World Marathon record holder Haile Gebrselassie and Olympic Marathon champion Constantina Dita are the marquee attractions for Sunday’s inaugural HBA Great Australian 15km Run in Melbourne.
The Great Run series of races prides itself on bringing together elite runners and recreational runners in mass participation races - and Sunday’s Melbourne race is no exception. The Great Australian Run is set to be the biggest race Australia has seen outside of the Sydney Olympics. The course is a scenic yet flat 15 kilometres around the Melbourne CBD, and the prospect of fast times has attracted a host of top international runners to battle with the best Australia can offer.
Haile to chase World 15 km mark
The headlining act is Gebrselassie, who will be attacking the men's World record of 41:29, set by Felix Limo in 2001. There is no doubt that Gebrselassie is in excellent form following his recent Marathon World record of 2:03:59 in Berlin in September; and given good conditions and a successful transition down in distance, a 25th World record or World best for the man known as the Emperor may well be on the cards. But he will not have it all his own way, given the road running pedigree of his competitors.
Tanzania's Samson Ramadhani, 2006 Commonwealth Games Marathon champion, will be lining up to challenge Gebrselassie. So too will Kenya's Patrick Makau, who has run six times under one hour for the Half marathon, a feat yet to be equalled; and Austria's Gunther Weidlinger, who boasts a 10,000m personal best of 27:36.46, and was Europe's fastest 10,000m runner in 2008.
Mottram paces solid Australian contingent
And then there is the Australian contingent - a group admirably led by Craig Mottram. Mottram is a double winner of the World Cup 3000m, took bronze over 5000m in the Helsinki World Championships in 2005, and silver in the 2006 Commonwealth Games. But he has also had some recent disappointments - a hamstring injury cost him a shot at the 2007 World Championships, and unfortunate tactics saw him miss the Beijing Olympics final. Finding himself at a crossroads, Mottram has recently split from his manager and coach Nic Bideau, and is currently coaching and managing himself. In doing so he as rekindled his love and passion for running, and despite 15km being a stretch from his favoured 5000m distance, with the home crowd advantage Mottram may well find himself challenging some of the front runners this Sunday.
But Mottram is not the only Australian to feature in the lead pack. Youcef Abdi, who placed sixth in the Beijing Olympics steeplechase boasts a 3000m Steeplechase best of 8:16, and has quality racing experience. Collis Birmingham was a debutant at the Beijing Olympics, qualifying with a 13:21.12 over 5000m. He also has a 28:08.23 10,000m time to his name, and is in good form following a win on the roads over 5km earlier in the month. Ben St. Lawrence is another Aussie rounding into solid form, with a 13:42 opening 5km leg in last week's Chiba Ekiden road relay in Japan - a run which saw him finish the stage in third place and only eight seconds behind the eventual Ethiopian winners.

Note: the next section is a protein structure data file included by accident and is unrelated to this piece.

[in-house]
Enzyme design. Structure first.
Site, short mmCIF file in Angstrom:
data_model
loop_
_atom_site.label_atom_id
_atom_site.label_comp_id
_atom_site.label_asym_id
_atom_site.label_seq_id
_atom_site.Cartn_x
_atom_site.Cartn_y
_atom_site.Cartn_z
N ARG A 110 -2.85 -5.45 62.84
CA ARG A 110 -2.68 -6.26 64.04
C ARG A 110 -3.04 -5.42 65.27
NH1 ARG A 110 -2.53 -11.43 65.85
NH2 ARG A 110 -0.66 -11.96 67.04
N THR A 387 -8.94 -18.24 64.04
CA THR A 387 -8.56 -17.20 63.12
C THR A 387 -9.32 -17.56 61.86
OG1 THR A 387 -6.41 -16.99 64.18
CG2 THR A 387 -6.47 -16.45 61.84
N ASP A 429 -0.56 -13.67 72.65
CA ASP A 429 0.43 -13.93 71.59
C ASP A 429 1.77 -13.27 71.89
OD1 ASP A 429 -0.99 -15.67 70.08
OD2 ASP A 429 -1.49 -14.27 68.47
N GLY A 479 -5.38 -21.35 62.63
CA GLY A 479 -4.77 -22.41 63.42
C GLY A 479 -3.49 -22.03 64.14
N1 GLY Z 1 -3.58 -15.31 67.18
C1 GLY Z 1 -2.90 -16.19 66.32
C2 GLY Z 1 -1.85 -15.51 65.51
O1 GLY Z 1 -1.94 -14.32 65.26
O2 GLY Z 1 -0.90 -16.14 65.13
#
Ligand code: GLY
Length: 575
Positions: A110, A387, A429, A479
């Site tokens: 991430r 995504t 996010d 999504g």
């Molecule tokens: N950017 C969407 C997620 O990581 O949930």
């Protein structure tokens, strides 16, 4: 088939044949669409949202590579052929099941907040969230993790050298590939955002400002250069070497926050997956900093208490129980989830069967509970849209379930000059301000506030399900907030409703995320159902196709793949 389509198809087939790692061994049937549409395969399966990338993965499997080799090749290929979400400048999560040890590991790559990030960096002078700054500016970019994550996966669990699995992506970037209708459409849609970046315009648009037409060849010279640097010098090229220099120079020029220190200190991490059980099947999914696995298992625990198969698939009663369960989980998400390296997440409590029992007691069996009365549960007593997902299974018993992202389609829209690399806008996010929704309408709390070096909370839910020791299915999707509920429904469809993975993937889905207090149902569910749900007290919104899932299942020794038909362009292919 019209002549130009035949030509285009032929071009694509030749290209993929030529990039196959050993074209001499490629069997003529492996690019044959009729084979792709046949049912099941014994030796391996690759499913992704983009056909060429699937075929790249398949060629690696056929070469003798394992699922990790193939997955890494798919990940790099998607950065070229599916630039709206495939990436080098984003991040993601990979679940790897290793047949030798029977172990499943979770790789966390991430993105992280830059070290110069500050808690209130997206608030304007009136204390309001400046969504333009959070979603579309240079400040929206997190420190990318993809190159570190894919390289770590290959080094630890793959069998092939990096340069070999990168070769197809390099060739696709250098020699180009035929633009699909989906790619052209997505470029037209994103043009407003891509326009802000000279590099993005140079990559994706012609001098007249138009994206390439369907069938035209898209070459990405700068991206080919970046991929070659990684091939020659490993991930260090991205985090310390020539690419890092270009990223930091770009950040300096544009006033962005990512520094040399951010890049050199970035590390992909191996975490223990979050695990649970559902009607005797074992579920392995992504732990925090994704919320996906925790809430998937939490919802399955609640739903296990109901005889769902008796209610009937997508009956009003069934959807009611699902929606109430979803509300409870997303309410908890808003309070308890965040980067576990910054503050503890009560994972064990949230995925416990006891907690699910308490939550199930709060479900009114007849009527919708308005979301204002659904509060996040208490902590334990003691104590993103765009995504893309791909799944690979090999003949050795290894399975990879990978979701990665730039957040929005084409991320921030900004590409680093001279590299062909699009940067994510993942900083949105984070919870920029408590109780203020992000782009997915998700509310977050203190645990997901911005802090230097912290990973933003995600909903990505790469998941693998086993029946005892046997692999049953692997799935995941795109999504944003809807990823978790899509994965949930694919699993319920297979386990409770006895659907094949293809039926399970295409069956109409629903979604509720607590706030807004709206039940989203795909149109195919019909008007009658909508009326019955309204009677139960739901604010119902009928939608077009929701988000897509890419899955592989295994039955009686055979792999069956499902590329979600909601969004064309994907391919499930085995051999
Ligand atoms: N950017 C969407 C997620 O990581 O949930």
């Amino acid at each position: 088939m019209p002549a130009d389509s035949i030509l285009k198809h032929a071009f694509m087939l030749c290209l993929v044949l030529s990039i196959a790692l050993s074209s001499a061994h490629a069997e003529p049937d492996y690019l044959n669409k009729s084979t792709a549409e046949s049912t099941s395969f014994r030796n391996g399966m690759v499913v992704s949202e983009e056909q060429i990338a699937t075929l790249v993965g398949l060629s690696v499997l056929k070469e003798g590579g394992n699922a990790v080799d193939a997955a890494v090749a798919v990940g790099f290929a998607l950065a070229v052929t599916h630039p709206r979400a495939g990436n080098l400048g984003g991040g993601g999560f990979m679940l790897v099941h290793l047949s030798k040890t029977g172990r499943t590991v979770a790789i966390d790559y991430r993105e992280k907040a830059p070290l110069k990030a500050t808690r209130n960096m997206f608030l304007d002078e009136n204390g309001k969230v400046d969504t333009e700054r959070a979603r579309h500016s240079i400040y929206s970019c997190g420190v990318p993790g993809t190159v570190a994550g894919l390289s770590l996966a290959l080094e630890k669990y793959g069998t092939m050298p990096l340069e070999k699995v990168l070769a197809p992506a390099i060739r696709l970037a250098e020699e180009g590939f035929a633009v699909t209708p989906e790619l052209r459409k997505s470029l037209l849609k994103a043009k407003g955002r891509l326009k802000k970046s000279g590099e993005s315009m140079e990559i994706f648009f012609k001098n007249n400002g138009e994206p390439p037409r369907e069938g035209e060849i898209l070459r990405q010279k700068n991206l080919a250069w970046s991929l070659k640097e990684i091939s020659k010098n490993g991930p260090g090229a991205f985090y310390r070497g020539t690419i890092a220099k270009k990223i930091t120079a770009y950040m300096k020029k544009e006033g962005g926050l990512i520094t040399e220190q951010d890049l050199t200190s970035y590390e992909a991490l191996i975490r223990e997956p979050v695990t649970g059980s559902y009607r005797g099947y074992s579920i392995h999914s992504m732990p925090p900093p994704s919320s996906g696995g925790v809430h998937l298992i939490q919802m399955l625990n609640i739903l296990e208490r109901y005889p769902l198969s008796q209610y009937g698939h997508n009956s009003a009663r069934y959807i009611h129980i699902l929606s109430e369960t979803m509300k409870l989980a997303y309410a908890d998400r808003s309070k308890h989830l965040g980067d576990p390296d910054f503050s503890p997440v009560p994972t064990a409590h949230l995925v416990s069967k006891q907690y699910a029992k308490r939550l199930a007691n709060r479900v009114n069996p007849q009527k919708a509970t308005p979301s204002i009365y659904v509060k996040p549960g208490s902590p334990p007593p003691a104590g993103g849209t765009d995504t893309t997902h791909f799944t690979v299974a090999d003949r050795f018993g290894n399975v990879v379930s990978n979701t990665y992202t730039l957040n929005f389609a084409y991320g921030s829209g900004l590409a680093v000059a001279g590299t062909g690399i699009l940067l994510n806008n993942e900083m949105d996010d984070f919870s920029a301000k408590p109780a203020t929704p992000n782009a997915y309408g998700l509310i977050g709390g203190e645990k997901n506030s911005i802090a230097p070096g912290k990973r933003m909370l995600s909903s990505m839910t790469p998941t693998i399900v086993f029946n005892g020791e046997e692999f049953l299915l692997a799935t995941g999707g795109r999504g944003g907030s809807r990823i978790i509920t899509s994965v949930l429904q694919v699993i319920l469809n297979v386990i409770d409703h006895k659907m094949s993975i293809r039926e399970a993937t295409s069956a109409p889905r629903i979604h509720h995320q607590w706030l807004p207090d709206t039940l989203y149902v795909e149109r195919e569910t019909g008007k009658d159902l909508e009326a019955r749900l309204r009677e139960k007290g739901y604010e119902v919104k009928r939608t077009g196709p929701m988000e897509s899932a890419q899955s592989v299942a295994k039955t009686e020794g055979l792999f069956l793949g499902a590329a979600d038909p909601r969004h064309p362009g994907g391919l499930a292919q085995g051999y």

Dita v. Ndereba in women’s contest
The women's field is equally as exciting. It is lead by Romania's Constantina Dita, the runaway Beijing Olympic Marathon champion; and Catherina Ndereba, the 2007 Marathon World champion, and second behind Dita in Beijing. Not to be written off is Australian Benita Johnson, who is the 2004 World Cross Country champion, and has a Marathon best of 2:22:36. It has been a tumultuous year for Johnson, having lost her father in June, and then given the break up of her marriage. However she is back training in Falls Creek in Victoria, and is keen to prove herself over the 15km journey.
Dita surprised many when she surged to the lead in the second half of the Olympic Marathon. But the manner of her win - confident front running alone for the last portion of the race - left no one in doubt of her mental and physical strength. For Ndereba, her championship record especially speaks for itself. As a double World champion (2003 and 2007) and double Olympic silver medallist (2004 and 2008), along with holding four Boston Marathon titles, Ndereba certainly knows how to get the job done in big races.
While the women's World record may not be as under threat as in the men's race, Dita has a 15km personal best only 15 seconds shy of the 46:55 record - although her grueling racing schedule, including the Olympic Marathon and a fourth place in the Chicago Marathon in October, would be an admirable excuse should she be shy of this mark. So too for Ndereba who has had a similar program, running fifth in the New York City Marathon less than a month ago.
From the rest of the pack, Lara Tamsett is a 20-year-old student who may well surprise on Sunday. She recently beat Benita Johnson over 5km on the roads in early November, and ran her 7.195km leg of the Chiba Ekiden relay 35 seconds faster than Dita. The jump in distance will no doubt suit the older and more experienced campaigners, who are more suited to the longer races. Similarly the stress of Tamsett's recent Chiba adventure may not help her cause. But look for her to come out of the woodwork, if not on Sunday then in the near future.
Melbourne is set to host the most exciting field Australian running has seen in a long time. The rarely-run 15km distance will provide extra interest and the chance to see the all time list for the distance get re-written. And if all goes well, a World record may be the best prize awaiting the first across the finish line.
Edward Ovadia for the IAAF